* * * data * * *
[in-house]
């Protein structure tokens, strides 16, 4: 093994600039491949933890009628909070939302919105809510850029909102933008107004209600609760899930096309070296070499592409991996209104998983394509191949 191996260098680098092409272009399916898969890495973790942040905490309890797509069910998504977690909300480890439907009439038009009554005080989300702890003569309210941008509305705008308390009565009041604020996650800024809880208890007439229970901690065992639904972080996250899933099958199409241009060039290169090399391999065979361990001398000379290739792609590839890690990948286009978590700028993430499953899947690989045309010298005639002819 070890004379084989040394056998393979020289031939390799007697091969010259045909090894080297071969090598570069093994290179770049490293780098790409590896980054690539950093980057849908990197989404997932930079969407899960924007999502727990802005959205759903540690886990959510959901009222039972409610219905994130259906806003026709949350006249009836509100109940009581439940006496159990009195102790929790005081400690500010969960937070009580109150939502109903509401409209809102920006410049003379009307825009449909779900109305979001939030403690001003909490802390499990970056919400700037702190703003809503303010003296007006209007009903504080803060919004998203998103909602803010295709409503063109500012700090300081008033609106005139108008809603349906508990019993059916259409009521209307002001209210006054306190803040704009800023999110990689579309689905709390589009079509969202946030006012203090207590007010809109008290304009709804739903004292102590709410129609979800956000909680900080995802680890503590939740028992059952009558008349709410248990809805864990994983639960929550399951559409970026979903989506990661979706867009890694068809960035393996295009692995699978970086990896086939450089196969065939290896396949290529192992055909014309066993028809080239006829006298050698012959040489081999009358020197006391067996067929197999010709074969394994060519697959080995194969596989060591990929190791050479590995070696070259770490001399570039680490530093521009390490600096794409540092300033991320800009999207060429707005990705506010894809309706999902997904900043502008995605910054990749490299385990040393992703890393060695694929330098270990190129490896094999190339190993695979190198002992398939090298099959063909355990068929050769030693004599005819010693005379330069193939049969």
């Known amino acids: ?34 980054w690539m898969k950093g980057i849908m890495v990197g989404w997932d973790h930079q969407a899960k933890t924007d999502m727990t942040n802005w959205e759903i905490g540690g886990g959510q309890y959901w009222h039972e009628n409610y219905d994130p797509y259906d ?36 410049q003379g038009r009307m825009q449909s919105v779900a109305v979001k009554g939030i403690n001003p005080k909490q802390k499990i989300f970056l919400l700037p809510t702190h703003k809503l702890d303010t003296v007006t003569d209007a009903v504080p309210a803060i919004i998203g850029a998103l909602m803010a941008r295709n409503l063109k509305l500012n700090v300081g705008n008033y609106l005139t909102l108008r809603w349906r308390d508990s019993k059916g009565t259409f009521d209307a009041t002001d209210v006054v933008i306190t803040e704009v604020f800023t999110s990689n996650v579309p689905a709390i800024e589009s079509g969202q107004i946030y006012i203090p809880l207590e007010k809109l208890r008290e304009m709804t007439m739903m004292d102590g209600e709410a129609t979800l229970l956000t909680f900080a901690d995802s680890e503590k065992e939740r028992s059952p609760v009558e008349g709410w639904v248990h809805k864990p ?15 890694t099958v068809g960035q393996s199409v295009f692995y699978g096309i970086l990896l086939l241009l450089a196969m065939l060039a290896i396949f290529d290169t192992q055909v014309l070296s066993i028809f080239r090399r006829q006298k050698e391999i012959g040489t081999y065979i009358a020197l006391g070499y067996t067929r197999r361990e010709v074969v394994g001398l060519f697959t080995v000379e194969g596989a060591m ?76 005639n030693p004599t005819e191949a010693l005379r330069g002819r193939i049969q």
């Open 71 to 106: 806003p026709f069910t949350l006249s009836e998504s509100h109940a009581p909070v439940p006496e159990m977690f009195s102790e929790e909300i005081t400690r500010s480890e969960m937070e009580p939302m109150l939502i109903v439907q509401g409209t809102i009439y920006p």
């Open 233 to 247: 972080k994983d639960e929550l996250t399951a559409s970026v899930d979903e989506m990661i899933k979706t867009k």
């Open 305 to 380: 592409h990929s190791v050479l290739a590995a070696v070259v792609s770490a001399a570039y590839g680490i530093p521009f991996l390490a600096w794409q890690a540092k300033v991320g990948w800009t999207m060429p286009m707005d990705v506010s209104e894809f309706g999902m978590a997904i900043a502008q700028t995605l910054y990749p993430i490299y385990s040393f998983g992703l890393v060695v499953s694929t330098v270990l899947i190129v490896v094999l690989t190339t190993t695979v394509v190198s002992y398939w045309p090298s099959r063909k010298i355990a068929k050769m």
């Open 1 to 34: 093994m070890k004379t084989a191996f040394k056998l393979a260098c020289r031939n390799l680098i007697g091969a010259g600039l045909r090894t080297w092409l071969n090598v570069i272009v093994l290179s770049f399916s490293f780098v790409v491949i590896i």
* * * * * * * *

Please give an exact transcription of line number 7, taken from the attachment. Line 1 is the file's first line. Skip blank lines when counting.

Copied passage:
């Open 1 to 34: 093994m070890k004379t084989a191996f040394k056998l393979a260098c020289r031939n390799l680098i007697g091969a010259g600039l045909r090894t080297w092409l071969n090598v570069i272009v093994l290179s770049f399916s490293f780098v790409v491949i590896i």